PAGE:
4 January 2013

Rwanda: When Kigali Becomes New York: the Fallacy of Linear Progression in Development...


Amajyambere- development is one of those common words that is misunderstood. Mostly it is confused with economic growth and wealth creation. The clichés we use to describe various states and levels of countries' development attest to this... and leave a lot to be desired.

For example, there are developed and underdeveloped countries. Then there are first world and third world countries (for some reason nothing much is said about second world countries). Apart from being a clear misnomer, all these denote an assumption of linear progression/growth in development. And we treat them as a given (a factual and Biblical truth).

Development: the re-organization and re-orientation of entire political and socio-economic systems is, as the definition indicates, a rather wide and complex issue indeed. It would be foolhardy, for example to presume that a county that is economically well off, is socially better off than its poorer counterpart. It is equivalent to saying that a rich man is happier and has children who are better behaved than a poor guy!

The economic bit is the easier aspect of development to measure. But even here, linear progression; a situation where something progresses from one point or state straight into another is still a bit of a stretch. This straight-line progression as opposed to the non-linear progression (where progress or development from one stage to another is neither smooth and nor logical) is perfect, but only for theoretical analysis.

Linear progression assumes that when Kigali grows up it will become New York or at least a clone of that great city. Nothing could be further from the truth.

Each person, city or country is unique and has unique circumstances that make them tick. In Rwanda, for example, there is great attachment to family and everything family like marriage, birth, death, naming and the rest. This is different from the American way where there is more emphasis on the individual. From this background alone, the growth paths of a Kigalian New Yorker will be very different.

Other circumstances also determine growth. Economic growth is a function of consumption, savings and investment. Your habits around these three things affects how far ahead you can get. People who consume much more and save much less don't get very far (no, there is no such thing as fake it till you make it!) Investors run the country. Our collective habit around consumption, savings and investment will determine our level of development.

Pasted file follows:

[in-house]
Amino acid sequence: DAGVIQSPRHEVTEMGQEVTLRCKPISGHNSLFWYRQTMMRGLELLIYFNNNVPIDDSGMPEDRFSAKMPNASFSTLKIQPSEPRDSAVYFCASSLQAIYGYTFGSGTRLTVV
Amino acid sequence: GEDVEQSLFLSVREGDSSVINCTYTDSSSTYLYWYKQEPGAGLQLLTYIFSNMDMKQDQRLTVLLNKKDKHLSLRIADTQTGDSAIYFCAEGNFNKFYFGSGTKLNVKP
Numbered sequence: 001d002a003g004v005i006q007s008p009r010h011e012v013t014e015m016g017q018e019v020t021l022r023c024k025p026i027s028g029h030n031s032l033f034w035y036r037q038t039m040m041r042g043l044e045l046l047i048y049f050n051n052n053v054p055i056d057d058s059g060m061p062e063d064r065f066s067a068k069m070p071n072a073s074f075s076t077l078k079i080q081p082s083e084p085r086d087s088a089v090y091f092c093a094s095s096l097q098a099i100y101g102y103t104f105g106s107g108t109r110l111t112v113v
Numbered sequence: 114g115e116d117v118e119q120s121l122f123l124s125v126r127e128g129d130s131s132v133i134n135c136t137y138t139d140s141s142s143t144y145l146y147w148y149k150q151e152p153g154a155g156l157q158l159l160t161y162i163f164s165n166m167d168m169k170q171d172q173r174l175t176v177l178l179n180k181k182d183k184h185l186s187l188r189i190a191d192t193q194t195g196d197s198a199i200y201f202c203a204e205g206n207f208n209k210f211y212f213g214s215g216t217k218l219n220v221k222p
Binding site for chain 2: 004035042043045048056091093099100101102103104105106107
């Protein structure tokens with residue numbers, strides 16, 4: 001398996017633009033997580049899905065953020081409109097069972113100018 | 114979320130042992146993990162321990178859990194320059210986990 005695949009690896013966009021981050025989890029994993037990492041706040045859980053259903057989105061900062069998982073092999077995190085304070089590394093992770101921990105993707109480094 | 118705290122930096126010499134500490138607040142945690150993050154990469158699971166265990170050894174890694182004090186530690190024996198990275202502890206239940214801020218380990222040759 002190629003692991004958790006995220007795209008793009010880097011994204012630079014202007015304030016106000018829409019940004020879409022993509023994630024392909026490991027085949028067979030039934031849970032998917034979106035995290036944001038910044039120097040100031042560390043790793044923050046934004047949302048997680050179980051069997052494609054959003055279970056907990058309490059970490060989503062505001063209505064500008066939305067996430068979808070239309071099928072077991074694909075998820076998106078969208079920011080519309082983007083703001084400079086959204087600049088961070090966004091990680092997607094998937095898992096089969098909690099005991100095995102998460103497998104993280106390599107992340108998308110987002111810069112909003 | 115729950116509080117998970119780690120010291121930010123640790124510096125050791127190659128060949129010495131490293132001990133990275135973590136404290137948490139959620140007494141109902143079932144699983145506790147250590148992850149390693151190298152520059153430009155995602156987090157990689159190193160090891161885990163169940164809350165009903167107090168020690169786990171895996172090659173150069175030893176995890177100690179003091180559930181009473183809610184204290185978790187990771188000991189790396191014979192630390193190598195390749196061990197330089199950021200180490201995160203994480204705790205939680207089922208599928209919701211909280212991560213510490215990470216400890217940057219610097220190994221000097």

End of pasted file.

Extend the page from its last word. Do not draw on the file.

In addition to these, there is the question of production and its associated productivity. You can only spend what you have. What you have is determined by the resources at your disposal and your eagerness, resourcefulness and determination to exploit the same (productivity). Productivity is especially critical. You can (lierally) have gold and diamonds under your feet and still be poor! You must exploit them. The same goes for all other resources. For some reason, unproductive people tend to be huge consumers. A tragic paradox that has examples littering our region.

It is very rare that two people would have identical habits, thus, it is impossible to find two communities that behave talk, act or thing in the same manner.

In our part of the world, your growth is supposed to benefit those around us. This is a very noble cause in deed. But it also calls for everyone pulling together. Kenyans call it the Harambee spirit. Everyone must play their respective roles well. No exceptions. We tend to have too many people with a recipient mentality. We must change this as it is not sustainable (socialism's fall attests to this). Even the Bible says it is better to give than to receive.

One thing is clear; Kigali will never be New York. It will get to that league but it will reflect who we are then and could only be similar in some broad ways. The good news is that it is better this way. The question is what do we want to make it to be? How far do we want Rwanda to go?

It is up to you and me. We must each play our roles and play them well. Happy New Year!

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